Learn more about COVID-19 in Saskatchewan:

Google Translate Disclaimer

A number of pages on the Government of Saskatchewan's website have been professionally translated in French. These translations are identified by a yellow box in the right or left rail that resembles the link below. The home page for French-language content on this site can be found at:

Renseignements en Français

Where an official translation is not available, Google™ Translate can be used. Google™ Translate is a free online language translation service that can translate text and web pages into different languages. Translations are made available to increase access to Government of Saskatchewan content for populations whose first language is not English.

Software-based translations do not approach the fluency of a native speaker or possess the skill of a professional translator. The translation should not be considered exact, and may include incorrect or offensive language. The Government of Saskatchewan does not warrant the accuracy, reliability or timeliness of any information translated by this system. Some files or items cannot be translated, including graphs, photos and other file formats such as portable document formats (PDFs).

Any person or entities that rely on information obtained from the system does so at his or her own risk. Government of Saskatchewan is not responsible for any damage or issues that may possibly result from using translated website content. If you have any questions about Google™ Translate, please visit: Google™ Translate FAQs.

Saskatchewan Filing Amicus Brief In US Keystone Pipeline Lawsuit

Released on May 14, 2021

Saskatchewan will be filing an amicus brief in support of 21 US states fighting President Biden's decision to cancel the Keystone XL Pipeline.

"The cancellation of this pipeline will have a significant negative impact on resource sector jobs in Saskatchewan and across North America," Justice Minister and Attorney General Gordon Wyant said.  "It will ultimately make the US more dependent on rail for Canadian oil imports, which costs more, emits more greenhouse gases, and presents a larger risk to the environment."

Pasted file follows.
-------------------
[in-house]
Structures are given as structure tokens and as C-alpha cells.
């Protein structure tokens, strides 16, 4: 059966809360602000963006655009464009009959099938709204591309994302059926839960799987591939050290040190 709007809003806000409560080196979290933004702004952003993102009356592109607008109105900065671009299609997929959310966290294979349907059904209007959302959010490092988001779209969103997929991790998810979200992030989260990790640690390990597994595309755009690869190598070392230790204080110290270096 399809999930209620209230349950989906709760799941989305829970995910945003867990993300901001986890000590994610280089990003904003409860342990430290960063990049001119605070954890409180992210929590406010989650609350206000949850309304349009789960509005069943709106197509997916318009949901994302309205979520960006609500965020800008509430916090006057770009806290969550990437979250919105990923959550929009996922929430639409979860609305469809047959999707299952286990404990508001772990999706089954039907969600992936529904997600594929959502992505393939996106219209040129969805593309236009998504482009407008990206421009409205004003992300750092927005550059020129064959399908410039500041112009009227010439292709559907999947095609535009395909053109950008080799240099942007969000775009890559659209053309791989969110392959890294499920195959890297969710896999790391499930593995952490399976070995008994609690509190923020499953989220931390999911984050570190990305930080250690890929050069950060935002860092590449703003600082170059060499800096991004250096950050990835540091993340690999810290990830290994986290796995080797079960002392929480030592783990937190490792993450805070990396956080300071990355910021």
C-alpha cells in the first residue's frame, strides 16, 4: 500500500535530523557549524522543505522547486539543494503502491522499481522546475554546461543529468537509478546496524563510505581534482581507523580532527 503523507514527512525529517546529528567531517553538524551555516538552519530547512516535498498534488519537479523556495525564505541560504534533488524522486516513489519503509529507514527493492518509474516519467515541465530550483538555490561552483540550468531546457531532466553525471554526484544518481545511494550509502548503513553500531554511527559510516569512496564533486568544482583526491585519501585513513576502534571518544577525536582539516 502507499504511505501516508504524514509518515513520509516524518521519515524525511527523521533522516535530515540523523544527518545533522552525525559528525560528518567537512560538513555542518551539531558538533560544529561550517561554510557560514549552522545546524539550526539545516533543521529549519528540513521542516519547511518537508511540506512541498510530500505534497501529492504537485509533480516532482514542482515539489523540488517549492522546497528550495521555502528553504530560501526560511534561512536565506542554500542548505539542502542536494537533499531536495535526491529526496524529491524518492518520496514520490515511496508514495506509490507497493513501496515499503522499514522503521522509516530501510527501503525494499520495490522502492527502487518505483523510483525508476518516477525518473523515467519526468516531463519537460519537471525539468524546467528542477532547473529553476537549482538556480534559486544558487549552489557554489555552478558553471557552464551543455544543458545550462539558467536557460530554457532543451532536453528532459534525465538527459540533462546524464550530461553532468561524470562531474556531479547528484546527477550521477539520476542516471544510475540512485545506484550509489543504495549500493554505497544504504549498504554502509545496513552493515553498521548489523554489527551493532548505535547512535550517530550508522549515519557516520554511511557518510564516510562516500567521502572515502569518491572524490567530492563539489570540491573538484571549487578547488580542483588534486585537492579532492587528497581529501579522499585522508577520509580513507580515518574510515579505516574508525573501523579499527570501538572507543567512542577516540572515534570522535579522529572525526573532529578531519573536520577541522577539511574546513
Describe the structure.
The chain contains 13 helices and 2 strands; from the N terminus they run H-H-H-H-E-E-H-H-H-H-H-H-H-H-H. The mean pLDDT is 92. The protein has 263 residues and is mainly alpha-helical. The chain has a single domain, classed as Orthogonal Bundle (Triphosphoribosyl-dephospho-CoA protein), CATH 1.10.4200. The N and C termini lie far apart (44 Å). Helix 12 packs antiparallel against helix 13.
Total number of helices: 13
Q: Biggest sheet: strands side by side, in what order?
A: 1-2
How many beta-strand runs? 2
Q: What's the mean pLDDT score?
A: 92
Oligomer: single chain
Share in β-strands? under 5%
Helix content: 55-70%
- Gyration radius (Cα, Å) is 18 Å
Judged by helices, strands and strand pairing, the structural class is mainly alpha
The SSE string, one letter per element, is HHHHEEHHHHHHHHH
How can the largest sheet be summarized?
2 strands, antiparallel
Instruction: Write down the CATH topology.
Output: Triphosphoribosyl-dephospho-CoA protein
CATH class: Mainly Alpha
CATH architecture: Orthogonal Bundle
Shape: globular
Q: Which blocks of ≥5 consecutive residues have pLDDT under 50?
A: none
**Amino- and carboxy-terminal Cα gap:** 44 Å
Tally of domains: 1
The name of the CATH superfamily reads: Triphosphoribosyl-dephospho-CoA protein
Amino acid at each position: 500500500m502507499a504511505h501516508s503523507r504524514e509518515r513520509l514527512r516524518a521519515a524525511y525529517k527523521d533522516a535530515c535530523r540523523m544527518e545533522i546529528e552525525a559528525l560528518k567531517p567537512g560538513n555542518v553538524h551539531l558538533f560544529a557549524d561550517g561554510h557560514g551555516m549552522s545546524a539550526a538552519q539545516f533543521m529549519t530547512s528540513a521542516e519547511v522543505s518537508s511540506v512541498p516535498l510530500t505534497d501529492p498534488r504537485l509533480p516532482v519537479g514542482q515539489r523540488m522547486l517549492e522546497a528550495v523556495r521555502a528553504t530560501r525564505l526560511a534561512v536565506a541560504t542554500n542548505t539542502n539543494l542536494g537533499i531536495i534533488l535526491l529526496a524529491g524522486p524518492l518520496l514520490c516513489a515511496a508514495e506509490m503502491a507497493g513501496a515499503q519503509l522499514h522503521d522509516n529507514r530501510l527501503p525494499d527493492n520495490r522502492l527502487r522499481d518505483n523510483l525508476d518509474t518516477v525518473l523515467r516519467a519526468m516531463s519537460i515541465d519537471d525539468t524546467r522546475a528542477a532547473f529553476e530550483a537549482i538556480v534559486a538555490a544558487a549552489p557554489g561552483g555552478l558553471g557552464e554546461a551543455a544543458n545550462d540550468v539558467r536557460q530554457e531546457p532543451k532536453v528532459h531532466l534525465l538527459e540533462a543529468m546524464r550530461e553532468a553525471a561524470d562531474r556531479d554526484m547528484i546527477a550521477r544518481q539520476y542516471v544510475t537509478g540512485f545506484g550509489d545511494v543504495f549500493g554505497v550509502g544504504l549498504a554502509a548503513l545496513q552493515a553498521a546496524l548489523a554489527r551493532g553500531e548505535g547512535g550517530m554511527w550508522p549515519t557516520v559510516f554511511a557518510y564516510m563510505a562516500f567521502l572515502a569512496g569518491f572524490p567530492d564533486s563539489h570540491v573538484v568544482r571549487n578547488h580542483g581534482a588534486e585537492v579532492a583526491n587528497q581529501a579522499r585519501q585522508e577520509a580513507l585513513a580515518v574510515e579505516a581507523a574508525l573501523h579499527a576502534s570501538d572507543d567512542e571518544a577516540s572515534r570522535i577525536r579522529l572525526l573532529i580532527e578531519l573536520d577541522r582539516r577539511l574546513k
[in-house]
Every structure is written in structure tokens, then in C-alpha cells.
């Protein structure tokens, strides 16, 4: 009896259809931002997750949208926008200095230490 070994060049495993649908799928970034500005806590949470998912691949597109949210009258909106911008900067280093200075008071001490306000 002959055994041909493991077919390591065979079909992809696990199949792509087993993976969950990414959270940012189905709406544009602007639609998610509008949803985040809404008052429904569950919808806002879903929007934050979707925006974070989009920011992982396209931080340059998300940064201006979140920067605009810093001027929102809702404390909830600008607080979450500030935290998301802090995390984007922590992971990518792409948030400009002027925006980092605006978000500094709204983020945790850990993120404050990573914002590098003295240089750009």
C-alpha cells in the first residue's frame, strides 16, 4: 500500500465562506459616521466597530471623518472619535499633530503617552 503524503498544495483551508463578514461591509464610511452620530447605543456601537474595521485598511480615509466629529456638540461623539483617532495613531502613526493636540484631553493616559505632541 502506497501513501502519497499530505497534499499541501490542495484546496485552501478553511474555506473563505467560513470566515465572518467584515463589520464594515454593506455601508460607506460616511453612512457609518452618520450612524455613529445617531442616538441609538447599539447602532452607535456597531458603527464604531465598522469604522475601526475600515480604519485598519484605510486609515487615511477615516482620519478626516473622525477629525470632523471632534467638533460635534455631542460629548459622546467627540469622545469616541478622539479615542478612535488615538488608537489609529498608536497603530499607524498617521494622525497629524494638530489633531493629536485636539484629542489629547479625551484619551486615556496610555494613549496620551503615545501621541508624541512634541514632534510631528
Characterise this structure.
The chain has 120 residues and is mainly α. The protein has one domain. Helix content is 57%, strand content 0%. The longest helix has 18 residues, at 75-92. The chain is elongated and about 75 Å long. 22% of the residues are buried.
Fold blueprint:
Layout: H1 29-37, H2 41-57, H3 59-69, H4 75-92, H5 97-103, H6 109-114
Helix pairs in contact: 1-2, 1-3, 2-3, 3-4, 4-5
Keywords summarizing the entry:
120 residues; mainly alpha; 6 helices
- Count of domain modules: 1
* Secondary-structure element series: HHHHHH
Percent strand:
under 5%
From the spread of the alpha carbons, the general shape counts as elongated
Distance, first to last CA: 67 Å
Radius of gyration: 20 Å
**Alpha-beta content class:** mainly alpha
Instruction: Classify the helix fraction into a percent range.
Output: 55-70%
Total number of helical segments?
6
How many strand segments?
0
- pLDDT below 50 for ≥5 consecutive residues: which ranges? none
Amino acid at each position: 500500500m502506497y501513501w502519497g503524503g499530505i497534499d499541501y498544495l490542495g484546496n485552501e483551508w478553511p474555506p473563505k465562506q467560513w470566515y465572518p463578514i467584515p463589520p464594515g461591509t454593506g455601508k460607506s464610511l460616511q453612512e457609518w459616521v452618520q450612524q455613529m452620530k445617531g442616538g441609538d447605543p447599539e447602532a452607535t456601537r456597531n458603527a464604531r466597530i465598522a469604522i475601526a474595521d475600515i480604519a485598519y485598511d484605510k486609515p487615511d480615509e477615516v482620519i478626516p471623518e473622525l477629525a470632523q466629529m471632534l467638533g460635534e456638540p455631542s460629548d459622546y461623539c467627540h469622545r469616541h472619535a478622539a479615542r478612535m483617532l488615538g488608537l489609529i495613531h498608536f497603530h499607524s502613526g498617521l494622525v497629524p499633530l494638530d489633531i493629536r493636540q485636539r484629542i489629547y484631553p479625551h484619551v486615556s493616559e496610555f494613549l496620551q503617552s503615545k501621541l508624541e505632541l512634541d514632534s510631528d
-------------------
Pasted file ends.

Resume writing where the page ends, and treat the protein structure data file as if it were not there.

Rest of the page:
On January 20, 2021 President Biden signed an Executive Order revoking the permit for the Keystone XL Pipeline.  As a response, on March 17, 2020, Texas, Montana and 19 other states commenced litigation against the Biden administration.

The states argue that President Biden's cancellation of the permit is unconstitutional, primarily because the regulation of interstate and international commerce resides with Congress, not the President.

"While we have no desire to wade into American politics, we must take every opportunity we can to stand up for Saskatchewan's economy," Wyant said.

In US law, an amicus brief is similar to filing for intervenor status in Canadian courts.  An American law firm will be hired to prepare and file the amicus brief on Saskatchewan's behalf.  Saskatchewan expects to file the brief by early June.

Saskatchewan's amicus brief will focus on the implications of the decision to cancel the Keystone XL Pipeline on Saskatchewan, its economy and its people.

The Keystone XL Pipeline was first proposed in 2008 by TC Energy (then known as TransCanada Corporation).  It is intended to originate in Alberta and pass through Saskatchewan before entering the United States at the Saskatchewan-Montana border. 

The pipeline is intended to deliver 830,000 barrels of oil produced in Alberta and Montana to refineries in Texas, and would result a significant boost to the Canadian resource sector.


For more information, contact:

Noel Busse
Justice and Attorney General
Phone: 306-787-8959
Email: Noel.busse@gov.sk.ca

We need your feedback to improve saskatchewan.ca. Help us improve